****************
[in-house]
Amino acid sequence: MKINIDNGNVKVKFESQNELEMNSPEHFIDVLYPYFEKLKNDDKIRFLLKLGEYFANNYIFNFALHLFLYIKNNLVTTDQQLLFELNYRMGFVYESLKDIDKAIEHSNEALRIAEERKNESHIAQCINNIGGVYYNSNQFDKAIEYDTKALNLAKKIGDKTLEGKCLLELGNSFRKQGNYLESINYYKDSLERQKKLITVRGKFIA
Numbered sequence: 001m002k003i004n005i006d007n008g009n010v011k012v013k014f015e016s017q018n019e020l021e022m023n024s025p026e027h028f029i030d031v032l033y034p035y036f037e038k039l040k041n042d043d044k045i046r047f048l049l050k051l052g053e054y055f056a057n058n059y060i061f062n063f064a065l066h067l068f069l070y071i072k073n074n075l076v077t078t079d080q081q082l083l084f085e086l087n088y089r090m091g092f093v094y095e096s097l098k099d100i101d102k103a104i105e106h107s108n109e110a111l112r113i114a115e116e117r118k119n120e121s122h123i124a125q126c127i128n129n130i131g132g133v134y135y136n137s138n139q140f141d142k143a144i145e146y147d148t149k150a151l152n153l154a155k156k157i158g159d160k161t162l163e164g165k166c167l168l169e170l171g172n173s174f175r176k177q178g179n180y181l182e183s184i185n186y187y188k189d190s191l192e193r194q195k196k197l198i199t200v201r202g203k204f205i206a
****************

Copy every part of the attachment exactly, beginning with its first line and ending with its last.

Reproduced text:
[in-house]
Amino acid sequence: MKINIDNGNVKVKFESQNELEMNSPEHFIDVLYPYFEKLKNDDKIRFLLKLGEYFANNYIFNFALHLFLYIKNNLVTTDQQLLFELNYRMGFVYESLKDIDKAIEHSNEALRIAEERKNESHIAQCINNIGGVYYNSNQFDKAIEYDTKALNLAKKIGDKTLEGKCLLELGNSFRKQGNYLESINYYKDSLERQKKLITVRGKFIA
Numbered sequence: 001m002k003i004n005i006d007n008g009n010v011k012v013k014f015e016s017q018n019e020l021e022m023n024s025p026e027h028f029i030d031v032l033y034p035y036f037e038k039l040k041n042d043d044k045i046r047f048l049l050k051l052g053e054y055f056a057n058n059y060i061f062n063f064a065l066h067l068f069l070y071i072k073n074n075l076v077t078t079d080q081q082l083l084f085e086l087n088y089r090m091g092f093v094y095e096s097l098k099d100i101d102k103a104i105e106h107s108n109e110a111l112r113i114a115e116e117r118k119n120e121s122h123i124a125q126c127i128n129n130i131g132g133v134y135y136n137s138n139q140f141d142k143a144i145e146y147d148t149k150a151l152n153l154a155k156k157i158g159d160k161t162l163e164g165k166c167l168l169e170l171g172n173s174f175r176k177q178g179n180y181l182e183s184i185n186y187y188k189d190s191l192e193r194q195k196k197l198i199t200v201r202g203k204f205i206a